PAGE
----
Wednesday, July 20, 2011 – on Wednesday we drove to the park again.  B wanted to drive Going-to-the-Sun road from the other direction.  It wasn’t as crowded and the construction traffic was lighter probably because we left earlier than on Monday.  The drive was even more beautiful and impressive than the east from west drive we did on Monday.  The waterfalls were much more visible.   We drove all the way to Two Medicine today in the hopes of taking a cruise around the lake.  The weather was rainy and cold.  The Two Medicine cruise was full so they put us on a waiting list.  The boat was out of order so all the people had to get off the boat until it was fixed.  We gave up on the idea of taking a cruise so we went into the camp store.  D had a hot dog and we all had a hot drink before we left to drive back to Kalispell. We saw a moose today on our drive back.  B was driving back on the road around the park when he said that he thought he had seen a moose.  Both D and I looked into the field and saw it too.  We drove back to see it again but sadly by the time we got back the moose was gone!   On this long drive we also saw a cow sitting on the outside of a fence and it looked like she was “talking” to another cow on the inside of the fence.   Dinner that night was at a restaurant called Blue Canyon.  The restaurant is at a hotel.  We had big problems finding the restaurant with our GPS.  We had called the restaurant and they told us to make a right at the intersection when the restaurant was actually to the left.  It was ridiculous but it took us a long time to find the restaurant.  We still got their before the restaurant opened.  We got a table directly under a huge Elk head that was on the wall.  It was kind of creepy.  The food was really good.  Their special was homemade potato chips with a blue cheese sauce that was so yummy!  We all enjoyed our meals at the Blue Canyon.  Then B and I went to see Harry Potter and the Deathly Hallows Pt 2 while D got to spend time on his computer to play some games.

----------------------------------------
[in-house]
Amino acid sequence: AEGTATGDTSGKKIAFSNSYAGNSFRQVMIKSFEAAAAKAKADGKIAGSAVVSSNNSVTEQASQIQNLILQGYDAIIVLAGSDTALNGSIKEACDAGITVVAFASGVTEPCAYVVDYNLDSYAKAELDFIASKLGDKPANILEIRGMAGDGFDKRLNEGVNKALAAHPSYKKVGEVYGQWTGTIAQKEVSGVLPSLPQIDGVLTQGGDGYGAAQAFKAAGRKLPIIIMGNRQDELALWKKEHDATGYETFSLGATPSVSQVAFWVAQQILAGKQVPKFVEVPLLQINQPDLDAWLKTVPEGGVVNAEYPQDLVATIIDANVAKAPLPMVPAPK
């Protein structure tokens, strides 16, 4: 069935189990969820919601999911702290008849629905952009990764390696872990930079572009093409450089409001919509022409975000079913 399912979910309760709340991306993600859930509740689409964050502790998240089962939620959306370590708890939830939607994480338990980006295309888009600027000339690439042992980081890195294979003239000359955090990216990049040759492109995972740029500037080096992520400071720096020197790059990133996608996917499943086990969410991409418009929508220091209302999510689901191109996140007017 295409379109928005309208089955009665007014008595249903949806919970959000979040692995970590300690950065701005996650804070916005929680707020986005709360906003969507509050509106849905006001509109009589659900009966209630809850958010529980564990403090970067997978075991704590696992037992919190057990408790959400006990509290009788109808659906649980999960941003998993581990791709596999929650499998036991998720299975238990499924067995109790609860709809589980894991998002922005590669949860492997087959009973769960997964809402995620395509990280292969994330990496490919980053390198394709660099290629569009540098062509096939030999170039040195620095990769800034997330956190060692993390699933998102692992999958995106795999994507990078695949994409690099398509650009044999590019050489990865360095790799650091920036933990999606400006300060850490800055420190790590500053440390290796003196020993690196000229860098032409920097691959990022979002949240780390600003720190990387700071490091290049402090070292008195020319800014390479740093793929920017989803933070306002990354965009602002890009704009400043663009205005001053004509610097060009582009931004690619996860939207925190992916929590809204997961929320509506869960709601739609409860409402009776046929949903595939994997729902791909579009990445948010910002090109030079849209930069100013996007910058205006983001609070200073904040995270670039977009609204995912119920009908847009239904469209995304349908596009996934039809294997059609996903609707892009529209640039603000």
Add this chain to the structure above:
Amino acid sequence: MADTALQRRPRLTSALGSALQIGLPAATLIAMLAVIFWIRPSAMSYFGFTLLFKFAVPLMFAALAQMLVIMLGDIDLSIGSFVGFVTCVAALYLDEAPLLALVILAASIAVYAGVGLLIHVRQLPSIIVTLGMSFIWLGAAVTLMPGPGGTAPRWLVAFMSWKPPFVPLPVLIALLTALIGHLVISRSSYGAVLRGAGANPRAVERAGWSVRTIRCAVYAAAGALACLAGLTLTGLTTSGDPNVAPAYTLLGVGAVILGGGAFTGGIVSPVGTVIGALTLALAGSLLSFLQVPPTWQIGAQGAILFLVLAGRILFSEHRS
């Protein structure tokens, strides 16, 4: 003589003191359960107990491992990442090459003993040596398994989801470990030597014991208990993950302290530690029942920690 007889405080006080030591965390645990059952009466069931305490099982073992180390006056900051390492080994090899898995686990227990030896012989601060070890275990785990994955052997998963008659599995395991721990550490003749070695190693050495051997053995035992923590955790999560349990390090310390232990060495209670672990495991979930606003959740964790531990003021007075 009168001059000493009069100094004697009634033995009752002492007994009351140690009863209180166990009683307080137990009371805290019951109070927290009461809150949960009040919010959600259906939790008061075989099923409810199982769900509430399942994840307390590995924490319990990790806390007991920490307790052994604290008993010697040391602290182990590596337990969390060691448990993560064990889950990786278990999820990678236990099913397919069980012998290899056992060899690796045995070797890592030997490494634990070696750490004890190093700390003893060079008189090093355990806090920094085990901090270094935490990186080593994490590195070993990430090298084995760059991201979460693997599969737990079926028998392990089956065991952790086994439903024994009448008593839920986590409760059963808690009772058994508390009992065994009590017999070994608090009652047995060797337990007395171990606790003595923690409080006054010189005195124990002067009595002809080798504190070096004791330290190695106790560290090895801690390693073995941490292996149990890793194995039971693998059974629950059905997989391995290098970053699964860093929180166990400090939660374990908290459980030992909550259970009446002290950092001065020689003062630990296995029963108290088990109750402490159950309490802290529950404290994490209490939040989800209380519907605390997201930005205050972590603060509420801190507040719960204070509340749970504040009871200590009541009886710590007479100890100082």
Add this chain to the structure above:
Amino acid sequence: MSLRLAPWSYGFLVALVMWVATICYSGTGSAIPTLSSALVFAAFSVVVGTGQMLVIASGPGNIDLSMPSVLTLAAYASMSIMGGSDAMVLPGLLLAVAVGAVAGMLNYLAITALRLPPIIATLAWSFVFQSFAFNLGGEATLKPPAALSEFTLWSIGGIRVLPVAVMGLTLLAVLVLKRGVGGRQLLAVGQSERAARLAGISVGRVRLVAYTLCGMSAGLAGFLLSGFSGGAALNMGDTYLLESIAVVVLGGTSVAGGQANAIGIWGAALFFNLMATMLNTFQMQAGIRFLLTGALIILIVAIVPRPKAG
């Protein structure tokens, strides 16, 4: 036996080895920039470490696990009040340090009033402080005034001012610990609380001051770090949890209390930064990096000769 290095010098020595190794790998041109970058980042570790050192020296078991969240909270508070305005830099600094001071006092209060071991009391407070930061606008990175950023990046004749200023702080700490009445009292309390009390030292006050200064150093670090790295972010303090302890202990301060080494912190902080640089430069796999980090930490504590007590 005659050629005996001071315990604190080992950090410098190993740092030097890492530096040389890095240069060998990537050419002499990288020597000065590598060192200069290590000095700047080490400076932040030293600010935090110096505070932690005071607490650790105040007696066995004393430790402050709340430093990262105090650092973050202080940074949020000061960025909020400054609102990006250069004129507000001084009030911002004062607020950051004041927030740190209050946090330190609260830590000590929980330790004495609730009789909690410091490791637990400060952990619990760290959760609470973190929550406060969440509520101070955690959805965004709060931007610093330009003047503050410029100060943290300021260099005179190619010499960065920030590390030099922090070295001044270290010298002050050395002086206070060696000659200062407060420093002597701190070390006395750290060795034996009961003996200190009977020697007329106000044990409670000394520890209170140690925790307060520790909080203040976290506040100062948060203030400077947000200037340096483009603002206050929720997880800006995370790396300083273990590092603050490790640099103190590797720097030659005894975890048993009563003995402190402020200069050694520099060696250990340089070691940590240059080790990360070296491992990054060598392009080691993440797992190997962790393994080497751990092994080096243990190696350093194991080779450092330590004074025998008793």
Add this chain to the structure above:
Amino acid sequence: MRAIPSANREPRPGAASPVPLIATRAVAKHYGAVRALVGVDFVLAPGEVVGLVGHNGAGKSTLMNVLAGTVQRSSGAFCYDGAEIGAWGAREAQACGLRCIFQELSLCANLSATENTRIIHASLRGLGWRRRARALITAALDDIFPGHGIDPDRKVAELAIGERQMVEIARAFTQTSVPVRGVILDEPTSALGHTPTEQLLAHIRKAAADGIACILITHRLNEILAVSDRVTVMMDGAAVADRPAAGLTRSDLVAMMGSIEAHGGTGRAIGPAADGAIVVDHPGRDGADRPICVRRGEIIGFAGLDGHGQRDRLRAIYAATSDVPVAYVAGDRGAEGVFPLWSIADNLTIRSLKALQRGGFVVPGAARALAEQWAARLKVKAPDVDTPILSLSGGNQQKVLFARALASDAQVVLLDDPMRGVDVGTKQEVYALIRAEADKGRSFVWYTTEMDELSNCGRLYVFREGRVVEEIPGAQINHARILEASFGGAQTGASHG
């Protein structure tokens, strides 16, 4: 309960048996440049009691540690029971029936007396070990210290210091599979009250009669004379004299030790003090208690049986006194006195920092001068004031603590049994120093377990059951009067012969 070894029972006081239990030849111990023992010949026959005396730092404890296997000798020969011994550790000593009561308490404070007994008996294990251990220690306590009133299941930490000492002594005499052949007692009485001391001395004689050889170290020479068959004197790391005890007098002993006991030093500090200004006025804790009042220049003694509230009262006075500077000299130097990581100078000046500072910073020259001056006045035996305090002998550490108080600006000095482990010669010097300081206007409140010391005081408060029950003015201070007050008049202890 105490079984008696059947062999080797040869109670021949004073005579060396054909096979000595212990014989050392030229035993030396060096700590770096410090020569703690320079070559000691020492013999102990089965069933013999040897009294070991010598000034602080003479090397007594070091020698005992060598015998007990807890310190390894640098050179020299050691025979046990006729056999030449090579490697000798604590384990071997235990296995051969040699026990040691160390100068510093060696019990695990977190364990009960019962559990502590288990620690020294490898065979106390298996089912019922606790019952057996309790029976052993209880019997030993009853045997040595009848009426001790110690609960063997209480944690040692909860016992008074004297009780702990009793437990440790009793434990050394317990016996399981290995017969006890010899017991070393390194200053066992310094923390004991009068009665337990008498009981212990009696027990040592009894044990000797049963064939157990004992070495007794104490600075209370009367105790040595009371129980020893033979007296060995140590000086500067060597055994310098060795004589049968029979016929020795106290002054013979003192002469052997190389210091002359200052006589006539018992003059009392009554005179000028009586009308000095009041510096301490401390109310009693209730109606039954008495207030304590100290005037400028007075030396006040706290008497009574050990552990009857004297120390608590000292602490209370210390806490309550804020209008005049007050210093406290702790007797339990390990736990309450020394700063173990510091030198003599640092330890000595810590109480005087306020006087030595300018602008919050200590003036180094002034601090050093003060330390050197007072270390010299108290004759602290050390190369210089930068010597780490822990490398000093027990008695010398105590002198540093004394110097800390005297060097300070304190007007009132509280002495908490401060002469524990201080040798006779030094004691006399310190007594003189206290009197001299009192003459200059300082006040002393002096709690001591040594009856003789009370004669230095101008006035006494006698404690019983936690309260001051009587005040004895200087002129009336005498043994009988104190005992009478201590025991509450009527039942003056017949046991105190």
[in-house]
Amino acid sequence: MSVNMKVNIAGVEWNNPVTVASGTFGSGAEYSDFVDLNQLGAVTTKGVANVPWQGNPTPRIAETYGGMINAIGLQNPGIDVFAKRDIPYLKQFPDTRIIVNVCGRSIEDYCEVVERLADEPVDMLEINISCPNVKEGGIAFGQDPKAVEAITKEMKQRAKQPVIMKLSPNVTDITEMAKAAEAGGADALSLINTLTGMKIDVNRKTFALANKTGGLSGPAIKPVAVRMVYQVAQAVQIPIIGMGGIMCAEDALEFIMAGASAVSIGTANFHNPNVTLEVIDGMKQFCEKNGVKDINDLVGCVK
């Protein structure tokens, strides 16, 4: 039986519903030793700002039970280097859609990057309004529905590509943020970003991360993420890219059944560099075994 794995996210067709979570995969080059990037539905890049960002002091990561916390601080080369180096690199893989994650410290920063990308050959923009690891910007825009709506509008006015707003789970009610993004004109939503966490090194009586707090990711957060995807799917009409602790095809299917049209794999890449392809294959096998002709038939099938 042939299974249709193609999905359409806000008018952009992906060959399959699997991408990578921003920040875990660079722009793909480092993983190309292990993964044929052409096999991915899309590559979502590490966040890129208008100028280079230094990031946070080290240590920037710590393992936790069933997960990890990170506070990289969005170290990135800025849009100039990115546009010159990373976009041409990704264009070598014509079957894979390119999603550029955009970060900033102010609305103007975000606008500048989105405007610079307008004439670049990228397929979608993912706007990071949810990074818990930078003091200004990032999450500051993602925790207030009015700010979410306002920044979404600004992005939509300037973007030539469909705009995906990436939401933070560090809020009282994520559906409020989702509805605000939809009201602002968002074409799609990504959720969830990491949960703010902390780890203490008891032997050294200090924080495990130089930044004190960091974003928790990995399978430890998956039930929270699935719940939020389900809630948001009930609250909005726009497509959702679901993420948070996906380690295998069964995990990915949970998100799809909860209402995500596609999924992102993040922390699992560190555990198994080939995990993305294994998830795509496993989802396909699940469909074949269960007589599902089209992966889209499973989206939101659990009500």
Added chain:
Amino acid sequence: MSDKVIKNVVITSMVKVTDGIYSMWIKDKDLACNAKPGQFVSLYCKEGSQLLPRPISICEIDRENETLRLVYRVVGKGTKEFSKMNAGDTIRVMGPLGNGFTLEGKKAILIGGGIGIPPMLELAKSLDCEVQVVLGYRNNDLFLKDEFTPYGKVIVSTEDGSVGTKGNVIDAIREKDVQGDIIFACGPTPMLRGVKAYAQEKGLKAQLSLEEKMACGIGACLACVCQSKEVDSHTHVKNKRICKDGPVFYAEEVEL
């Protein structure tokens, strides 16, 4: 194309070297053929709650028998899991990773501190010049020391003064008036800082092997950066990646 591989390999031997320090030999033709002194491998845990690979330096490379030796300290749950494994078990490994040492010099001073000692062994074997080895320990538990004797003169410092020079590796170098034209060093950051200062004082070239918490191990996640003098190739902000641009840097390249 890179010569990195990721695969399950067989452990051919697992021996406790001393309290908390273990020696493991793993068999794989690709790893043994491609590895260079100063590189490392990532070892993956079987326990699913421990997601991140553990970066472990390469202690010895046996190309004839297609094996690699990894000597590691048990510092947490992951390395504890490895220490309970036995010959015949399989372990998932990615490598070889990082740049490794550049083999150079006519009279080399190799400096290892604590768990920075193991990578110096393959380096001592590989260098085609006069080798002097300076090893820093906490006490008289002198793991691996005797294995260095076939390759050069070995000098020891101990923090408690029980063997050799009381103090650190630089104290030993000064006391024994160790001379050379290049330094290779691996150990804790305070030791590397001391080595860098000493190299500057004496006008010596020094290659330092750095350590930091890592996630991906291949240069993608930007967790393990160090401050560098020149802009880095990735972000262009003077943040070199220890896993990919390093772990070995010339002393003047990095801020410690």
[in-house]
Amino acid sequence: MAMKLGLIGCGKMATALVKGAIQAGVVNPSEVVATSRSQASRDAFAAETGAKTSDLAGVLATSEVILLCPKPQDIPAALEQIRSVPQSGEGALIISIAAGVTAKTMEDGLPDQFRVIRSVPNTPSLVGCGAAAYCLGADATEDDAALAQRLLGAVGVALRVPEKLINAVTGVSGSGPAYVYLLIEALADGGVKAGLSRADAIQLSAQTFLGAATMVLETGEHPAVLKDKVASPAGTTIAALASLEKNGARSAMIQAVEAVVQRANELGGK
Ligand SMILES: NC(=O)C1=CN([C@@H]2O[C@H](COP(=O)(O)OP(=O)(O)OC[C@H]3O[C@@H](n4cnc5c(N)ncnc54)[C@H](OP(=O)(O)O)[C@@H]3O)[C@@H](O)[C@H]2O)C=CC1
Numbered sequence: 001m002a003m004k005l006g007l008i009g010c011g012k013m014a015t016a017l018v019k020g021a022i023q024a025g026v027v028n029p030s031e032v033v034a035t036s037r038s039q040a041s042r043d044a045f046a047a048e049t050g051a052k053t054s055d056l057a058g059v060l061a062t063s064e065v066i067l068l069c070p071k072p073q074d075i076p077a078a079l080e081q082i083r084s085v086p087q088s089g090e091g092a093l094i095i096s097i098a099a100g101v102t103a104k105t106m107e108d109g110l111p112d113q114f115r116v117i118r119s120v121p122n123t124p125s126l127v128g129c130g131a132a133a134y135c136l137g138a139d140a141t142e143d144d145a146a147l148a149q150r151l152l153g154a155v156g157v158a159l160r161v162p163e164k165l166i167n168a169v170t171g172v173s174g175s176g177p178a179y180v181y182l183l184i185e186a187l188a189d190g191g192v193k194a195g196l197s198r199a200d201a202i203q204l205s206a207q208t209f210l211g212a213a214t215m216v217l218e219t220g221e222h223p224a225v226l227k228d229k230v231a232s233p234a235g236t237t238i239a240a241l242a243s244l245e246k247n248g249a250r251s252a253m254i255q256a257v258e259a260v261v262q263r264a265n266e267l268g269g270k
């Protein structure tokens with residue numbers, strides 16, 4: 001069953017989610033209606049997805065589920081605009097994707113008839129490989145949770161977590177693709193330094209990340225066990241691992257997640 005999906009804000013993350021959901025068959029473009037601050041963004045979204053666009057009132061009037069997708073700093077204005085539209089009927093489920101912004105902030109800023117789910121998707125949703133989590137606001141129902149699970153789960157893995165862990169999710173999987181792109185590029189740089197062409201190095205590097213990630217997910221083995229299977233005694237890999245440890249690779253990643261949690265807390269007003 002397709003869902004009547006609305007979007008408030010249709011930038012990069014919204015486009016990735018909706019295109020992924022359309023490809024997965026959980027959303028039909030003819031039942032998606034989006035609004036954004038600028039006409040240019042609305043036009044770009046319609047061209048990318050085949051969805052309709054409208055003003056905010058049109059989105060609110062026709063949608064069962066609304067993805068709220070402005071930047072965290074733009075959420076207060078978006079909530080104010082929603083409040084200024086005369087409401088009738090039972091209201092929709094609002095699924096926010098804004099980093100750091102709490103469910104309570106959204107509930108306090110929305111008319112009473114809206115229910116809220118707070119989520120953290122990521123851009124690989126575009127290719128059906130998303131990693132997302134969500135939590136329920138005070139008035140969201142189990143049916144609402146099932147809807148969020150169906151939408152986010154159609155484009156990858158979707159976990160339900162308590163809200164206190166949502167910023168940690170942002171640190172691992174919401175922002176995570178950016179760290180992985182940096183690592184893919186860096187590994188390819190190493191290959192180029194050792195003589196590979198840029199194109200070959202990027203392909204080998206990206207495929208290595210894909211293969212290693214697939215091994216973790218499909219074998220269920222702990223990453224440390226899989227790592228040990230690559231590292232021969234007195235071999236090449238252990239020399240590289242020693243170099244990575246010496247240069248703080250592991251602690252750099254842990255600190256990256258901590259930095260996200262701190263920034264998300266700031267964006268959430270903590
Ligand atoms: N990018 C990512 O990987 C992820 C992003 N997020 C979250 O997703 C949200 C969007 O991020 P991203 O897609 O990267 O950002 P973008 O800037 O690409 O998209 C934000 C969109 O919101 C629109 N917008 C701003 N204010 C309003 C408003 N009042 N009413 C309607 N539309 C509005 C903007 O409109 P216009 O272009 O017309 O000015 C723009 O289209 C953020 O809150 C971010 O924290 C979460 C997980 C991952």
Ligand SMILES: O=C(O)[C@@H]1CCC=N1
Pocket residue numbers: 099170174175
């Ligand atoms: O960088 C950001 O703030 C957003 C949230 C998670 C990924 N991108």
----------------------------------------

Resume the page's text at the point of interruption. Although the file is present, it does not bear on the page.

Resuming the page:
Shellfish Couscous

Blue Cheese Crusted Flat Iron Steak